So, first things first… you need to figure out if you’re going to work for yourself as a self employed sole trader, or find a company that allows remote home working in the position/career area you’re interested in. If you are going to work for yourself, be sure to read our guide on how to register as self employed. It’s easier than it sounds, can be done online, and is absolutely crucial to ensure your work and income is legal. The last thing any single parent needs is a visit from the tax man! Alternatively, if you plan on remote working for a third party, check out our guide on the ins and outs of remote working.

Once you’ve decided on how you’re going to work, you need to find someone to work for. Workingmums.co.uk has a directory of home working jobs, and The Guardian has a small list too. Be wary of jobs that sound too good to be true: for example, it’s highly unlikely that you’ll be able to turn over thousands of pounds a month in a sales position unless you’re putting in 16 hour days, which is nigh on impossible when caring for children.

If you plan on working for yourself, you need to figure out how you’re going to market your services. We recommend that you start with a business plan with clearly identified goals and a brief run down on how you plan on achieving them. Once the business plan is ready to go, our tips on using twitter for business are a good start for publicity.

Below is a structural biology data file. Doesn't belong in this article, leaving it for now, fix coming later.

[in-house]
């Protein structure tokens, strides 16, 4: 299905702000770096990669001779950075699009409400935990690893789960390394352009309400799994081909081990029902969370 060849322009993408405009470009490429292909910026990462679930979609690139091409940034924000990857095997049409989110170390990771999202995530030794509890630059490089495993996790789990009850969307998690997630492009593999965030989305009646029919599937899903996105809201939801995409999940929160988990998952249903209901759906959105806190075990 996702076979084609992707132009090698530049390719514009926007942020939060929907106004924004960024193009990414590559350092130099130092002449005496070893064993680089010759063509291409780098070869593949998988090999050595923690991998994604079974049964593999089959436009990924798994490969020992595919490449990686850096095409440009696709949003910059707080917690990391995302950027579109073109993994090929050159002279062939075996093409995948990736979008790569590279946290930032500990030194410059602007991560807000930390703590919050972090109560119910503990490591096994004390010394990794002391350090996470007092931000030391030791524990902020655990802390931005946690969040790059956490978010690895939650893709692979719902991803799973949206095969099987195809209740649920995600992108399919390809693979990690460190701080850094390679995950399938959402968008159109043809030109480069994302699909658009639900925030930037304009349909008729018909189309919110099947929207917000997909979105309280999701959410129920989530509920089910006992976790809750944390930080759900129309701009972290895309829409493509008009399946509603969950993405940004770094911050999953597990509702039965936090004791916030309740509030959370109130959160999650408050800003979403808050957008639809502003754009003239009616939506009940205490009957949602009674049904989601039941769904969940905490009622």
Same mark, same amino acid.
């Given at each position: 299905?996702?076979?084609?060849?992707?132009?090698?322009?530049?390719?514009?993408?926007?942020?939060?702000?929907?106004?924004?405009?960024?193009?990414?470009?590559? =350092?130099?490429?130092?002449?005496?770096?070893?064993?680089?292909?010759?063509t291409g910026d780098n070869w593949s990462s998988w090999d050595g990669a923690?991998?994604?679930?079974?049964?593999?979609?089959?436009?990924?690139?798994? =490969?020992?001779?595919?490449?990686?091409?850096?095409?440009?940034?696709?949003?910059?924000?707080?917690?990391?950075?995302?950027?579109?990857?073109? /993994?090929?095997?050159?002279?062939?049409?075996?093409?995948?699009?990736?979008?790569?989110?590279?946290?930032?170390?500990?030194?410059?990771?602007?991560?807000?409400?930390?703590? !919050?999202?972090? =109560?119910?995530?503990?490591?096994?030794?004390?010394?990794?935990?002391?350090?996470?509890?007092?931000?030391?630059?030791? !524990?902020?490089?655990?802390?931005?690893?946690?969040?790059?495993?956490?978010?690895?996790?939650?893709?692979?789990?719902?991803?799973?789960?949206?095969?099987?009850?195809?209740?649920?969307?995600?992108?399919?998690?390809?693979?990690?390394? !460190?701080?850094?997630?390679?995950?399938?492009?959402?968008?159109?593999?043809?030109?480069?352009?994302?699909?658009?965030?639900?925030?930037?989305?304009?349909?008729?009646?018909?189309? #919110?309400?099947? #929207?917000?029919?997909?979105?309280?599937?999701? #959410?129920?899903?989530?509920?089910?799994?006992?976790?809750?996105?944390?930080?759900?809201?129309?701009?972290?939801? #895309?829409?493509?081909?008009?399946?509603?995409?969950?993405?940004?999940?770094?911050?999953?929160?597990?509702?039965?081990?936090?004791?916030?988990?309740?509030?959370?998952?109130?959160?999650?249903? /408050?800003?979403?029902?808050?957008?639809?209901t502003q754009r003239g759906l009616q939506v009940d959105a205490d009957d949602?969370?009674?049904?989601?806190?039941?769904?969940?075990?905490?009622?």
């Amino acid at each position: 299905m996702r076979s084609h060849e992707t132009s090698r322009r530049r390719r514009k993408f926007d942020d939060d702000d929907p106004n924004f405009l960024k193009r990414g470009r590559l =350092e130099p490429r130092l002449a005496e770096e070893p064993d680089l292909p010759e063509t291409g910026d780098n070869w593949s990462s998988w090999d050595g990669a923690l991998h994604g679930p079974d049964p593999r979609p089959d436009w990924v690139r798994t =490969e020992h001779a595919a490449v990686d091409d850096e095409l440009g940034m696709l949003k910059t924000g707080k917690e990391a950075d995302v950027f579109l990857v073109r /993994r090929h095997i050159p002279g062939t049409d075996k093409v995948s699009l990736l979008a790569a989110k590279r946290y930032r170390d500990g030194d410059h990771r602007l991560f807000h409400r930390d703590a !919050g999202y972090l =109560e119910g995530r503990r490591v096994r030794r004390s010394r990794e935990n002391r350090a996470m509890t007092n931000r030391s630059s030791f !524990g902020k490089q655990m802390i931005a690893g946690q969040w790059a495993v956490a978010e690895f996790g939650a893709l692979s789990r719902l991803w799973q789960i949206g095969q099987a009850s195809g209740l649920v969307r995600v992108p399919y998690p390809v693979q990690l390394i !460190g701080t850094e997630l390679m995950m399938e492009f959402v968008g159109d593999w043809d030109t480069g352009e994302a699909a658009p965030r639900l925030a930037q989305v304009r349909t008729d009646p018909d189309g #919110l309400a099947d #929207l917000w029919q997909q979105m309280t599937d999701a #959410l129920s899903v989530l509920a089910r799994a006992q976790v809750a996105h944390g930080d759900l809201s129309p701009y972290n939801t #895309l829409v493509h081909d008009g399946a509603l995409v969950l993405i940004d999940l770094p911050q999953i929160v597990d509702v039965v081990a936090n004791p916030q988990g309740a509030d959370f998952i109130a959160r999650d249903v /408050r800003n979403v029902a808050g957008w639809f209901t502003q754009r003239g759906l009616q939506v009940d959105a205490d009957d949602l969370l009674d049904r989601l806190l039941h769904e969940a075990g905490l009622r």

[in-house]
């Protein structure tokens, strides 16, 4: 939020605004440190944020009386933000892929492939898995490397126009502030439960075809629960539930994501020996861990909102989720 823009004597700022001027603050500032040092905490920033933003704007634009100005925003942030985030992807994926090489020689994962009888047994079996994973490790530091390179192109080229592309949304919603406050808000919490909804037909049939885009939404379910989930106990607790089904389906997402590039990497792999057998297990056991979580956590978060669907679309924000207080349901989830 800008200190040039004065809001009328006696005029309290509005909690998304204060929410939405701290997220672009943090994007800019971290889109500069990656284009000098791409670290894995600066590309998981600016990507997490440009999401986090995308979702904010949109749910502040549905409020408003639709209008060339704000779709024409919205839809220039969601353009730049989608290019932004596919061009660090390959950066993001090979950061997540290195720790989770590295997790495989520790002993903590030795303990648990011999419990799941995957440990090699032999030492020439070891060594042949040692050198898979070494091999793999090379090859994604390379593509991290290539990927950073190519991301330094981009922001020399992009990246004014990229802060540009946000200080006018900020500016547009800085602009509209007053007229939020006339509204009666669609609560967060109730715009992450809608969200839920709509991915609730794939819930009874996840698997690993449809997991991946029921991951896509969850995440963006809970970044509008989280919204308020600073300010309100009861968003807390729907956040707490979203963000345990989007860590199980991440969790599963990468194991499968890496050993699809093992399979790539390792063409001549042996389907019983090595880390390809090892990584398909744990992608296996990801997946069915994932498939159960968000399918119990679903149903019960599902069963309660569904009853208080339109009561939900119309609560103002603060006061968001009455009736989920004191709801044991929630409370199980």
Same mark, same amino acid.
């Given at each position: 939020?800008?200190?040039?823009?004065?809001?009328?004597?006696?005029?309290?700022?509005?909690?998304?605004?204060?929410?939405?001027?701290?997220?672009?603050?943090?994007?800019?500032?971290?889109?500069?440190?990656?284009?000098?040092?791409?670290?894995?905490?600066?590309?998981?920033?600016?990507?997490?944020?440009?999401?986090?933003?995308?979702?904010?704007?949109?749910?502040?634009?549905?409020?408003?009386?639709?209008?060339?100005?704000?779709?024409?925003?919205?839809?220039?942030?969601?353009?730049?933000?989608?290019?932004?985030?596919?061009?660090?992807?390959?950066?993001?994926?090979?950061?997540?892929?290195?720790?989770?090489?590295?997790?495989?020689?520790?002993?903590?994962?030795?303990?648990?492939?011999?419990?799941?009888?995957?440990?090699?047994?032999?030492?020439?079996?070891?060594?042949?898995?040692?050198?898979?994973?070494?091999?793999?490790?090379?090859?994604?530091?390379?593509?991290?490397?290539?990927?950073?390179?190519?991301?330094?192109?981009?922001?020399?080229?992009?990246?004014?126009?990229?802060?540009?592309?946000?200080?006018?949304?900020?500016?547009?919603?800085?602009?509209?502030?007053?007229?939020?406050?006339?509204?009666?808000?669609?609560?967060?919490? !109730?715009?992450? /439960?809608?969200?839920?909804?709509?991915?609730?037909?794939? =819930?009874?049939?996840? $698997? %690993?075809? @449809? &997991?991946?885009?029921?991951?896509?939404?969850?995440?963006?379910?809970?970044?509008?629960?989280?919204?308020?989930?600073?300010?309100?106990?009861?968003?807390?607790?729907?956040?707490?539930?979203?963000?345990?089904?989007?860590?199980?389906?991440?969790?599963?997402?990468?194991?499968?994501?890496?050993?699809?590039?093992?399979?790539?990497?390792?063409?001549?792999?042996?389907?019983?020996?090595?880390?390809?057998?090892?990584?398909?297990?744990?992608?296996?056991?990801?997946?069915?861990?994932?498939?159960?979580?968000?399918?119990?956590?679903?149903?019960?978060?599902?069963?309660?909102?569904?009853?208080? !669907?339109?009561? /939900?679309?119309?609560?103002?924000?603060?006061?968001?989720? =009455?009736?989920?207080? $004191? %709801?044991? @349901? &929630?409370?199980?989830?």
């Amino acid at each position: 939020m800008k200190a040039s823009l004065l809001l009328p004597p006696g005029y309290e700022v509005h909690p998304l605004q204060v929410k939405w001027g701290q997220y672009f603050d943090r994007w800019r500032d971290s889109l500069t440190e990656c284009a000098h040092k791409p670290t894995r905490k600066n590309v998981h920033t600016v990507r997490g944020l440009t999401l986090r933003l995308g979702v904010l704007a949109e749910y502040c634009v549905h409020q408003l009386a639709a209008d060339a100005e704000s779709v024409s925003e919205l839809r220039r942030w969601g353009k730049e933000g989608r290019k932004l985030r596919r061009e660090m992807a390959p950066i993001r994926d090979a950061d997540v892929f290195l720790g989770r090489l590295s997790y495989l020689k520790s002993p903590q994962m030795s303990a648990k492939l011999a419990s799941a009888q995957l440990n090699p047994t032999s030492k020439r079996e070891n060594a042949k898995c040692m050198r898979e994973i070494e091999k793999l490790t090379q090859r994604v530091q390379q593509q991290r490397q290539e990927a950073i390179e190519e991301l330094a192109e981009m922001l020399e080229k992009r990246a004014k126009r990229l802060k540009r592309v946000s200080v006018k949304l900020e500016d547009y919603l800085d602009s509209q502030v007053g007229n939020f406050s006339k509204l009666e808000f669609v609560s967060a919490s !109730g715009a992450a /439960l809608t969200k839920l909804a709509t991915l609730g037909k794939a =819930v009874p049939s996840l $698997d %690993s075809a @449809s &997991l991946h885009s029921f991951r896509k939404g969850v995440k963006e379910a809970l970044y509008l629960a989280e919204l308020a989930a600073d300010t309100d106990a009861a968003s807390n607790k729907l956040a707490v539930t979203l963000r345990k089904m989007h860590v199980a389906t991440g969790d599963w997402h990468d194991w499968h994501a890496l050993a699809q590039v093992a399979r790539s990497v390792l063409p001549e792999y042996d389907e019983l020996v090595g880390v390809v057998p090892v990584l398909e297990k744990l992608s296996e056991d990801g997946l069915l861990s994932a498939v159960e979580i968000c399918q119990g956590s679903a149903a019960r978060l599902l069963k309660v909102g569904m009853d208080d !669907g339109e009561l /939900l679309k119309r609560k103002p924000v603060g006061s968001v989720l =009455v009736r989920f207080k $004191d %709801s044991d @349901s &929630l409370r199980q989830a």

When you know how you are going to work, who for, and what your plan of attack for your business is, you can start thinking about how you’re going to fit this into your day. As a seasoned work at home parent my key times for productivity are:

Pre-6am: if I can manage to make it across the landing and down the stairs without waking my early-rising 7 year old, the early hours of the morning are perfect for tackling small jobs that need your utmost concentration. Don’t even think about opening your email or social media though: nobody expects (or deserves) a response at 5am, and this is key quiet time for maximum efficiency.

Daytime naps: unfortunately both of mine are too old to be convinced to nap now, but when I was working at home with a young baby, naptime was a great time to get boring (quiet) tasks finished up… and sometimes I’d manage a hot coffee too. If your baby is one of those awkward fussy ones (is there any other type?) use a sling to keep baby close allowing you to get things done with the comfort of your warmth and smell right there.

Post-bedtime: if you’re not absolutely knackered (and you probably will be for the next few years) and your children have a good bedtime routine which guarantees some alone time past a certain hour, you can plot in a couple of hours work post-bedtime to check off the low-concentration jobs, last emails, social media scheduling: the bits that don’t need 100% attention, because nobody has that to give after a full day of juggling children, chores and work.

Fitting it all in as a single parent

There are two key points to fitting everything in as a single parent. The first is to have something you can “sacrifice” if something else eats too much of your time: in my house, children and work are my priority (in that order) and so the first thing I sacrificed if something went wrong was chores/housework. Yes, sometimes my house looks like I’ve been invaded by an army, but no, I don’t care.